While Trump loves to tweet directly to his older, white, male base, Ocasio-Cortez tweets and uses Instagram to reach directly to the growing number of young voters, especially energized anti-Trump Democrats, who are describing themselves in record numbers as liberals.

This is especially true for Latina, black, Asian and young white women. That audience sees themselves in Ocasio-Cortez.

And right-wingers follow her, too, because they love to hate on her.

They envy her ability to talk to young people who are not available to Trump and the Republicans. And her ideas on raising taxes, universal healthcare and reducing the cost of college tuition invite conservative rage because she gives energy to left-wing ideas that are already popular and now going mainstream.

And she is having fun skewering the old guard on Capitol Hill.

Just last week she made an adventure out of looking for Senate Majority Leader Mitch McConnellAddison (Mitch) Mitchell McConnellHouston police chief excoriates McConnell, Cornyn and Cruz on gun violence Overnight Health Care — Presented by That's Medicaid — Deal on surprise medical bills faces obstacles | House GOP unveils rival drug pricing measure ahead of Pelosi vote | Justices to hear case over billions in ObamaCare payments GOP senators worry Trump made 'problematic' concessions in trade deal MORE (R-Ky.) — while on Instagram Live — to call him out for not allowing a vote on bills passed in the House to end the government shutdown.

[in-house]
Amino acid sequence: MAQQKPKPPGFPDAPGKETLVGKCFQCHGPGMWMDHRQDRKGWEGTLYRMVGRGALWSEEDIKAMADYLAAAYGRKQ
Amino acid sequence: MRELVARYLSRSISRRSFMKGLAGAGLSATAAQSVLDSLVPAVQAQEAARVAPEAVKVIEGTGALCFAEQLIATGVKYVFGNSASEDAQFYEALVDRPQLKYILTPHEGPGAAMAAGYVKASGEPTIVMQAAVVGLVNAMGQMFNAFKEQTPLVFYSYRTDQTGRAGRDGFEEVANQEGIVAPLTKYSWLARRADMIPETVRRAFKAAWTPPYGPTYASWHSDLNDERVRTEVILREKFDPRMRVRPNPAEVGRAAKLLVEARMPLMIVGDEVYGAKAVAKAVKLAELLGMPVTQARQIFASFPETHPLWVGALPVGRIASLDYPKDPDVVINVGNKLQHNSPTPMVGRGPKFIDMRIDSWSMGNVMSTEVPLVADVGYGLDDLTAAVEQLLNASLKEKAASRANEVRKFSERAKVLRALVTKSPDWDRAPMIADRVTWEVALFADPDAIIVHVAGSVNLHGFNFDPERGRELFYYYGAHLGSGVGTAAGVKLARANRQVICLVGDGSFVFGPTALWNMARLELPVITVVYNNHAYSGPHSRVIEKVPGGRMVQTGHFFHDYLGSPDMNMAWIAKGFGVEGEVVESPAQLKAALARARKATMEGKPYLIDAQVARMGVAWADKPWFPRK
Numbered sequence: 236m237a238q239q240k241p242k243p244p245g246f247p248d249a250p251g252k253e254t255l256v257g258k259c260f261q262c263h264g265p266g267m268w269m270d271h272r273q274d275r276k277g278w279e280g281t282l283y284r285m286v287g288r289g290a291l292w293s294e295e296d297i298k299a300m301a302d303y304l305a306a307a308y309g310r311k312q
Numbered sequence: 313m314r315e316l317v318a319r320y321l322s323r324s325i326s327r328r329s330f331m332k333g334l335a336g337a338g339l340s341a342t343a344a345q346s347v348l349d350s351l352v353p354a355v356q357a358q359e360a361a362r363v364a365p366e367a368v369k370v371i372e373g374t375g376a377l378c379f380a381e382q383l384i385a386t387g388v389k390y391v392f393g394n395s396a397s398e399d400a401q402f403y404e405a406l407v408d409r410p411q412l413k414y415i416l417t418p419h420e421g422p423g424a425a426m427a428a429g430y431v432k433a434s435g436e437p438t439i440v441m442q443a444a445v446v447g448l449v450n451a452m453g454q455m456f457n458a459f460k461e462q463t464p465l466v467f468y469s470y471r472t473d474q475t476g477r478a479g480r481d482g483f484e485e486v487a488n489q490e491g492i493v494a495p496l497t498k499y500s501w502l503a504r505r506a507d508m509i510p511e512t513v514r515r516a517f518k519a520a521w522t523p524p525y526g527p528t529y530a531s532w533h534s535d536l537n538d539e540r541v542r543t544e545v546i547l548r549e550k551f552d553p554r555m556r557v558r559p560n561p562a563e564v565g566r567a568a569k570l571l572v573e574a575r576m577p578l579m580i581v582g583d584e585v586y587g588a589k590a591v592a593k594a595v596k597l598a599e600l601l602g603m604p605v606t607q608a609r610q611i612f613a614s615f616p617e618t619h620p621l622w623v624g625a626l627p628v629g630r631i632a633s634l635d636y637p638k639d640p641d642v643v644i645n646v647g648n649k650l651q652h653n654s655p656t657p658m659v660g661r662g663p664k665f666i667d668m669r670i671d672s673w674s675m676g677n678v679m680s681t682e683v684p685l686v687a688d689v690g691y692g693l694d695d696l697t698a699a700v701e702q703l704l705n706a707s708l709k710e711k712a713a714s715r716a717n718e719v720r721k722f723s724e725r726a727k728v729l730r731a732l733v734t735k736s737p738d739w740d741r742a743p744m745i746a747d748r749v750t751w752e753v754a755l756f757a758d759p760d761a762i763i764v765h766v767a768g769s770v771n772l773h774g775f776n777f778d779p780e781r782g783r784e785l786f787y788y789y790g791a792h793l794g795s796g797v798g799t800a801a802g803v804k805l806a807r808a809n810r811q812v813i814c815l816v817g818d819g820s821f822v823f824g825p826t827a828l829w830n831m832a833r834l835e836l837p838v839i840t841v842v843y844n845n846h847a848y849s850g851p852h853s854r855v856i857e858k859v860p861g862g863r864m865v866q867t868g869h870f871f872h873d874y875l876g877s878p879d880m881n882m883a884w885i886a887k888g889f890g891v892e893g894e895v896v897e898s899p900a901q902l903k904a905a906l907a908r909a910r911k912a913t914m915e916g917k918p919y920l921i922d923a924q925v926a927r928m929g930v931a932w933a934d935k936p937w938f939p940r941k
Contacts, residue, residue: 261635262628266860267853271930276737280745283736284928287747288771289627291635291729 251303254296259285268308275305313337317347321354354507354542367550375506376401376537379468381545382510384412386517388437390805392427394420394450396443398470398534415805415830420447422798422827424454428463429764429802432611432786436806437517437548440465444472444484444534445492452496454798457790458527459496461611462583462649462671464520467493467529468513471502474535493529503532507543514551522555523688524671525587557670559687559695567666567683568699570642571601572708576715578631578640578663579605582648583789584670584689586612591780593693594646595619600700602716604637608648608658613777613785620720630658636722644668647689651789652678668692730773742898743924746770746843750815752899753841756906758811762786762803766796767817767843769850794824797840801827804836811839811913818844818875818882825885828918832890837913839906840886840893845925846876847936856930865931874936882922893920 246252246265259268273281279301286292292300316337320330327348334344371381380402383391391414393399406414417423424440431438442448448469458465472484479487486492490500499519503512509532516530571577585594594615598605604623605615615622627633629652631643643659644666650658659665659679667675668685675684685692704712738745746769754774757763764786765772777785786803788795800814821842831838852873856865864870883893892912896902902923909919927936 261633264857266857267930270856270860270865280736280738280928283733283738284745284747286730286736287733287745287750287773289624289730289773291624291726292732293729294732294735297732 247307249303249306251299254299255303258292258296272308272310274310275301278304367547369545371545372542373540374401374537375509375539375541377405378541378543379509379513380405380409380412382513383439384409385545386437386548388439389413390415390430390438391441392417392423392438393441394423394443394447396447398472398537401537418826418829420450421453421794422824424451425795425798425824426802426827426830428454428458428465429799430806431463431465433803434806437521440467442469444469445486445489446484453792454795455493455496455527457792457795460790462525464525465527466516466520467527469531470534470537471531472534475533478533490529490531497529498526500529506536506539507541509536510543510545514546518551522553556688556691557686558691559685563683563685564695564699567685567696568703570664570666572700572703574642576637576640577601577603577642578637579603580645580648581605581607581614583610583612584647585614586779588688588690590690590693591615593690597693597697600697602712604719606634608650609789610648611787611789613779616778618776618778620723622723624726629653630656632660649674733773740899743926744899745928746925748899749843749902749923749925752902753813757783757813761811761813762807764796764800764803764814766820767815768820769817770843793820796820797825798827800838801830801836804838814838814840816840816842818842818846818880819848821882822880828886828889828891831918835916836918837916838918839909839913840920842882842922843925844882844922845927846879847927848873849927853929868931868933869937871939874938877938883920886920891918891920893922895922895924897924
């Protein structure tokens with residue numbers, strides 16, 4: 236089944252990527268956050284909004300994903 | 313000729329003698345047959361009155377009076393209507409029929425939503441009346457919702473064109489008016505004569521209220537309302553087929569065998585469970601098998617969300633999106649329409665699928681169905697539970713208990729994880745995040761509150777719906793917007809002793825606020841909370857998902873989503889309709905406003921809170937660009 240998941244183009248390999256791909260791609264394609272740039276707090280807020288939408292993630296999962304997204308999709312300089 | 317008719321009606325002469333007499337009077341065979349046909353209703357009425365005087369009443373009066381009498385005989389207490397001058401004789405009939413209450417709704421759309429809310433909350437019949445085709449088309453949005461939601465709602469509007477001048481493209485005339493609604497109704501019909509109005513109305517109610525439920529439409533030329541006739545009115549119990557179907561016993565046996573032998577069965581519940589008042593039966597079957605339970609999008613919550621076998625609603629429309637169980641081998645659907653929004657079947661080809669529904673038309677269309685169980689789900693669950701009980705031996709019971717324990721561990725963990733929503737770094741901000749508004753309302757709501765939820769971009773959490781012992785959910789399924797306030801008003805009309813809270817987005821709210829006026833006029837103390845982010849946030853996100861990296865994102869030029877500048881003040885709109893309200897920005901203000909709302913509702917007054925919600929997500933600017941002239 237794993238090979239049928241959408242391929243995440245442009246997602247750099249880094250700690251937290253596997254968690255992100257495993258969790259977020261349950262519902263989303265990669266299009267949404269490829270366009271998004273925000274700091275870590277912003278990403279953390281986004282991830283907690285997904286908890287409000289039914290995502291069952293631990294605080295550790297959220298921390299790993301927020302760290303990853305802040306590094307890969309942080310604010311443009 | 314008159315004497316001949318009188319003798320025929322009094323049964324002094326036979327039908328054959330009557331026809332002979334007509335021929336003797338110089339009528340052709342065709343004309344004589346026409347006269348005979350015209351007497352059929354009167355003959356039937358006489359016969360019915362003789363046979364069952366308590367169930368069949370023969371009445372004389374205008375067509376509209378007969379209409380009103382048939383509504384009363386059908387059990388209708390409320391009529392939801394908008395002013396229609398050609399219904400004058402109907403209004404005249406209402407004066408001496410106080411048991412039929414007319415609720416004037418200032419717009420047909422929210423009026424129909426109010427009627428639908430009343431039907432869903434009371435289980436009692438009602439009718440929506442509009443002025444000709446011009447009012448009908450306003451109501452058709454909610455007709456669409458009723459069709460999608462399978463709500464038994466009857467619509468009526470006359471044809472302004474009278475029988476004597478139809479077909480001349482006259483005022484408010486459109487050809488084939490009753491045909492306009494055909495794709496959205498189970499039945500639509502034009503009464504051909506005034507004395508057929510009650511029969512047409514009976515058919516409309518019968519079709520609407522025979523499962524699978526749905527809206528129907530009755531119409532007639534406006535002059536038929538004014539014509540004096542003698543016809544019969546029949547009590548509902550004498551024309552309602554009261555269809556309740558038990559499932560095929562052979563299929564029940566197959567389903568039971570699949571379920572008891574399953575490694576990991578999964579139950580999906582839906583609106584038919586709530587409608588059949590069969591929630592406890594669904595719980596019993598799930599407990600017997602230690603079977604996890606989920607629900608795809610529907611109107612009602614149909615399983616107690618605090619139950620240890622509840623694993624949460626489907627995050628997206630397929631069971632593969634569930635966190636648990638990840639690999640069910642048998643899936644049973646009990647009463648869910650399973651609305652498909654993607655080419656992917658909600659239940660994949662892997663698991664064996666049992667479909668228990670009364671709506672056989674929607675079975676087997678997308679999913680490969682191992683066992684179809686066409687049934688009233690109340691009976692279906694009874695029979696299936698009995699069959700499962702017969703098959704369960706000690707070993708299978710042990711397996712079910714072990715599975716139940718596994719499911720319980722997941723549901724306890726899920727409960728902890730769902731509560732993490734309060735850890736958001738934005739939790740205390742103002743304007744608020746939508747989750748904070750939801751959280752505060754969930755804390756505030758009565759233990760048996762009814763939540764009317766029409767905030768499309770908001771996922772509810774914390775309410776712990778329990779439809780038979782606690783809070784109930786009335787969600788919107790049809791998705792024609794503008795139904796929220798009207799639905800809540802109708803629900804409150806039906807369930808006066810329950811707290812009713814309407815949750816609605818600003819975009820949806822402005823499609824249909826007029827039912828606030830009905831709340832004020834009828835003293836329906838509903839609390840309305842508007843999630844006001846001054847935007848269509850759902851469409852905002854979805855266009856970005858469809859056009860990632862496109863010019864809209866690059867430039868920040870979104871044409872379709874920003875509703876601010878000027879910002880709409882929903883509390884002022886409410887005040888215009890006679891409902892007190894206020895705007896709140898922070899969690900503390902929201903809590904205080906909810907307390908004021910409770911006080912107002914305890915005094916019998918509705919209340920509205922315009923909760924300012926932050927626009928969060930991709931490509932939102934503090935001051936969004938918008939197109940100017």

McConnell was nowhere to be found.

But it was interesting to watch Ocasio-Cortez and her gang of three other happy congresswomen hell bent on breaking rules and confronting the powerful Senate Majority Leader.

Even when she is on a traditional political platform — television — Ocasio-Cortez succeeds by being unpredictable, again in Trump-like fashion.

Her “60 Minutes” interview made news for days after she proposed taxing people making more than $10 million a year at a 70 percent rate. Immediately, right-wing talk shows sliced into her as a socialist trying to turn America into a Venezuela-type economic pit with a toilet paper shortage.